By Sanjay Dureseti
Sanjay Dureseti is a freshman at the University of Pennsylvania and an associate editor of the Penn Undergraduate Law Journal.
On October 26, the University of Mississippi lowered the state flag, which includes f the notorious Confederate “Stars and Bars” insignia, from a visible spot on campus. This followed a heated debate amongst the members of the student body, reflecting a larger dialogue that has gripped much of the South.
The use of the Confederate flag is a thorny issue, one rooted in centuries-old racial and cultural strife. For a large portion of Americans, the flag epitomizes slavery, segregation, and is a painful and unnecessary reminder of a dark chapter in national history. For many others still, the flag is a point of pride and a patriotic symbol of Southern unity. While it is clear that the question of the Confederate image provokes unambiguous emotional reactions, the legal implications of its use are not so obvious.
Earlier this year, a case developed in Texas involving a Confederate heritage group suing the state for refusing to issue specialty license plates that contained the Confederate flag. An appeals court in the Fifth Circuit reversed an earlier decision, citing that any refusal to issue these plates represented an infringement of private speech and the First Amendment. The Supreme Court, however, ruled 5-4 in favor of the initial ruling. The license plates were to remain banned.
The Court’s majority based its opinion on two central arguments. The first established that restricting license plates and their content is a form of government speech. Governmental actions do not fall under the jurisdiction of the First Amendment unless they deliberately force private citizens to express government speech.  The Court also determined that given the use of license plates to promote slogans and the state’s direct control over their issuance, specialty plates are akin to the message-based “monuments” found in public parks. Legal precedent dictates that governments are permitted to craft such “monuments” without restriction as long as they are not explicitly discriminatory or vulgar.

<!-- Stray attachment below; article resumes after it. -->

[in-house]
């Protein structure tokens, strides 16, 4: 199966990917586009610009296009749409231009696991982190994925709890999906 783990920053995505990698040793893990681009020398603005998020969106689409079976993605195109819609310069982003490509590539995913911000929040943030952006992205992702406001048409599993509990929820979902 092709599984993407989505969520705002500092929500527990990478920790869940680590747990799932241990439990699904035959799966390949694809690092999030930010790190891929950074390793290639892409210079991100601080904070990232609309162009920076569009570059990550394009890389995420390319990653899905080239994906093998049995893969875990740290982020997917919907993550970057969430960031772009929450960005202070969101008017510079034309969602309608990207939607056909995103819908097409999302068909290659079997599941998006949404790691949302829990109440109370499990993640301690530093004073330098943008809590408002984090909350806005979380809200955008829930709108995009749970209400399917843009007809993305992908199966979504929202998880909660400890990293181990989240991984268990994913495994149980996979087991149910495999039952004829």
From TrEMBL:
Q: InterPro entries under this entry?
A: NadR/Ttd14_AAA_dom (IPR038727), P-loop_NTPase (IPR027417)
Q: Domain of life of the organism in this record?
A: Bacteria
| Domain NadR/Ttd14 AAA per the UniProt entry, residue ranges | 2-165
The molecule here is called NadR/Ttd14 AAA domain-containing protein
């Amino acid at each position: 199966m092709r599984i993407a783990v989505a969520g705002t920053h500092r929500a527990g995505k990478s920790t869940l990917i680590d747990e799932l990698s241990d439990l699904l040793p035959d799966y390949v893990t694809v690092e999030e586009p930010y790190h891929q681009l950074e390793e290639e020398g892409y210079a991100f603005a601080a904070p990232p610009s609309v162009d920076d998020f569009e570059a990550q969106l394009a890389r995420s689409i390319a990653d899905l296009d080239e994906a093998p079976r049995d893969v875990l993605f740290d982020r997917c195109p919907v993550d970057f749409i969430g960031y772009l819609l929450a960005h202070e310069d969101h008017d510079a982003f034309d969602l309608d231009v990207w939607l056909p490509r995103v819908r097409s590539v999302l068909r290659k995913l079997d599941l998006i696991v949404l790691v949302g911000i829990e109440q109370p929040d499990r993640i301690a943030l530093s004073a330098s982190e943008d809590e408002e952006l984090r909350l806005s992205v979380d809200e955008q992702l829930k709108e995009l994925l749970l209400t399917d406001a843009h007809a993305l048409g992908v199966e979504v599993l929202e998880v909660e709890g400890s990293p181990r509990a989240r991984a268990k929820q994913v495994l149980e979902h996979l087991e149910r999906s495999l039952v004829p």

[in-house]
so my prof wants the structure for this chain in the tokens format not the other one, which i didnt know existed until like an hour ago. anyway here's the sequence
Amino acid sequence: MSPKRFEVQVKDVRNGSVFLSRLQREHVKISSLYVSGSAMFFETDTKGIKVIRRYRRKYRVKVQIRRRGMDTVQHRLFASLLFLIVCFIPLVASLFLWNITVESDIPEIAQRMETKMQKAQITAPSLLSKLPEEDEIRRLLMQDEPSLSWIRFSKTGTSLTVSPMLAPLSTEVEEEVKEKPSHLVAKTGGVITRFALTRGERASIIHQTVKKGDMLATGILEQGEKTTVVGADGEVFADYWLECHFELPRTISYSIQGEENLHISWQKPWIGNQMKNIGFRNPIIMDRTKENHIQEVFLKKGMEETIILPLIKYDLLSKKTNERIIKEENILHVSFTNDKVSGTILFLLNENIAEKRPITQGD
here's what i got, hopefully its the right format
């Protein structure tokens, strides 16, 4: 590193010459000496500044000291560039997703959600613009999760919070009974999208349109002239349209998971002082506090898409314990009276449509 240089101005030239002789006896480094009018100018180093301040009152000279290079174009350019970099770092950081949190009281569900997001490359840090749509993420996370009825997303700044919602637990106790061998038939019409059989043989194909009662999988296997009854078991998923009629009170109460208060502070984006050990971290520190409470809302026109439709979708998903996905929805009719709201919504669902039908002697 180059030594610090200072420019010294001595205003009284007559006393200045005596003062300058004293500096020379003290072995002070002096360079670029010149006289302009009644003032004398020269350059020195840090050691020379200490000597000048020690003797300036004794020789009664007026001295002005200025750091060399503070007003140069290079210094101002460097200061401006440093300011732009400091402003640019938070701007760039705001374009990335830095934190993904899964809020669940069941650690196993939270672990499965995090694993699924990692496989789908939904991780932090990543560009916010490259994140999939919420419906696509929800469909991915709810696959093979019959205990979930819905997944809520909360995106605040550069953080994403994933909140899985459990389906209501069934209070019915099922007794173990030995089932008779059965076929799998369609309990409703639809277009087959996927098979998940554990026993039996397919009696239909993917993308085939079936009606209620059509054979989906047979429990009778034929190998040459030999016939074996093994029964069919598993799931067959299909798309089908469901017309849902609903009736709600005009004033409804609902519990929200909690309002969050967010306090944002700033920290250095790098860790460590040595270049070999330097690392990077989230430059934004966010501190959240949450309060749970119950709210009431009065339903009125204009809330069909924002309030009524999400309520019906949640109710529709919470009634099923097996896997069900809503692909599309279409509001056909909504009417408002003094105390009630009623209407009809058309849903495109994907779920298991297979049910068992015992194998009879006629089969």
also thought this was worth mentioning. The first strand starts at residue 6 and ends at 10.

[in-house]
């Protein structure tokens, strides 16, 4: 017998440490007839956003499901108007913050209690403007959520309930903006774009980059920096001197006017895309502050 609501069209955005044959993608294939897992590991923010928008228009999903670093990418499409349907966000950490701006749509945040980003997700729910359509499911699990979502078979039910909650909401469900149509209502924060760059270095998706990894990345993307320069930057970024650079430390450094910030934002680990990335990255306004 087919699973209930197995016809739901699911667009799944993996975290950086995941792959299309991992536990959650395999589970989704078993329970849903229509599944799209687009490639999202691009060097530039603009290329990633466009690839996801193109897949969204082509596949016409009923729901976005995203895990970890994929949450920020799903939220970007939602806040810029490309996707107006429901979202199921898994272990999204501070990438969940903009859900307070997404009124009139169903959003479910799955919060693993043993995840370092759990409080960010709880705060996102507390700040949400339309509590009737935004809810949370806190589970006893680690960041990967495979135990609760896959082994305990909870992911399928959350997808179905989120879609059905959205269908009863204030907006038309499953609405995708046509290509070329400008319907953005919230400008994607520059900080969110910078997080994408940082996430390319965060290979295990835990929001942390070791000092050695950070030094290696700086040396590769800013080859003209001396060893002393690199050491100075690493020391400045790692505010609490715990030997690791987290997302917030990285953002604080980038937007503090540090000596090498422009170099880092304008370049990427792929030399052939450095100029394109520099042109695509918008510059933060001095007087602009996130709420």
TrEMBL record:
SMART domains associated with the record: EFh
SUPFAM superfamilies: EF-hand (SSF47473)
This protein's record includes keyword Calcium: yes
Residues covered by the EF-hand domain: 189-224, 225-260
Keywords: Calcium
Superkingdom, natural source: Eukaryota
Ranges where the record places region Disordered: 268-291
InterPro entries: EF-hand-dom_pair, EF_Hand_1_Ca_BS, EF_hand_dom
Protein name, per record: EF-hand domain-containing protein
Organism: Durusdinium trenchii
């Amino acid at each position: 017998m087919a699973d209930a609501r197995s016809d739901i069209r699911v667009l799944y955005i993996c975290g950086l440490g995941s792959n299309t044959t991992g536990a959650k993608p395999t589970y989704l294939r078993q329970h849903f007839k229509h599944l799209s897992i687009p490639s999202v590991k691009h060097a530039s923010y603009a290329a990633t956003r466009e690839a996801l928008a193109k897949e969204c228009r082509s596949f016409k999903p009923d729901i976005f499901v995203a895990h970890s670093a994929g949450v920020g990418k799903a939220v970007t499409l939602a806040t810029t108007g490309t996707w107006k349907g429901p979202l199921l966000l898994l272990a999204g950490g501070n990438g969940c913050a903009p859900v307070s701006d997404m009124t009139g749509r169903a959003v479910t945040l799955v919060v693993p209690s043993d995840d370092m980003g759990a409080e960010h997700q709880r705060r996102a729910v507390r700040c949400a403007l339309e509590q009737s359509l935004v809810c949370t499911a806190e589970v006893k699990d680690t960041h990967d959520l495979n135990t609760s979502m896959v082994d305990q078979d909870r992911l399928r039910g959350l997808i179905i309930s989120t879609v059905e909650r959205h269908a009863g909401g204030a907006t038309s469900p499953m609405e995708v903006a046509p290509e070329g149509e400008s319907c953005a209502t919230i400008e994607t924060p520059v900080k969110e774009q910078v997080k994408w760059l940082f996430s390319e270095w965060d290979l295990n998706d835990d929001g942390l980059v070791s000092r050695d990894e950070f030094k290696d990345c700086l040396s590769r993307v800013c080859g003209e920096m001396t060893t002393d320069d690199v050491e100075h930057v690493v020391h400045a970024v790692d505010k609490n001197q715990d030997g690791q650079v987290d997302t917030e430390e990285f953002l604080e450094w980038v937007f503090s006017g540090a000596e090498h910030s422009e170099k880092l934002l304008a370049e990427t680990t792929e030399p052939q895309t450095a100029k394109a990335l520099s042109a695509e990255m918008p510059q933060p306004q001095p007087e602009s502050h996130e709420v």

In ruling on the side of Texas, the Court did little to clarify the legal status of the First Amendment. In fact, it further muddied the waters. The decision introduced the notion of “government speech,” resulting in a unique endorsement of governmental rights and an expansion of institutional oversight. In enshrining the right of the government to speak for itself, the Court granted governments the ability to craft, broadcast, and promote any message that they wish.
Simultaneously, however, the Court upheld seemingly contradictory rulings that limit the ability of governments to require the promotion of ideological messages.  These cases relied on arguments of free speech, as the Court opined that government enforcement of the use of slogans, icons, and signs could not trump the ideological independence guaranteed to every citizen by the First Amendment.
Such legal inconsistencies raise fundamental concerns about the nature of free speech. As the United States operates in a state of ever-increasing polarization and as battle lines are so definitively drawn, the question of the First Amendment presents a rare gray area. When are the bounds of speech overstepped? When can governments intervene? How far does our freedom extend? Solving such quandaries would resolve countless disputes within the national legal system.
Unfortunately, no one seems to have the answers.
 576 U. S. 14 (2015)
 Lyle Denniston, Opinion analysis: The message determines the right, SCOTUSblog (Jun. 18, 2015, 1:40 PM), http://www.scotusblog.com/2015/06/opinion-analysis-the-message-determines-the-right/
 430 US 705 (1977)
Photo Credit: Peter Griffin
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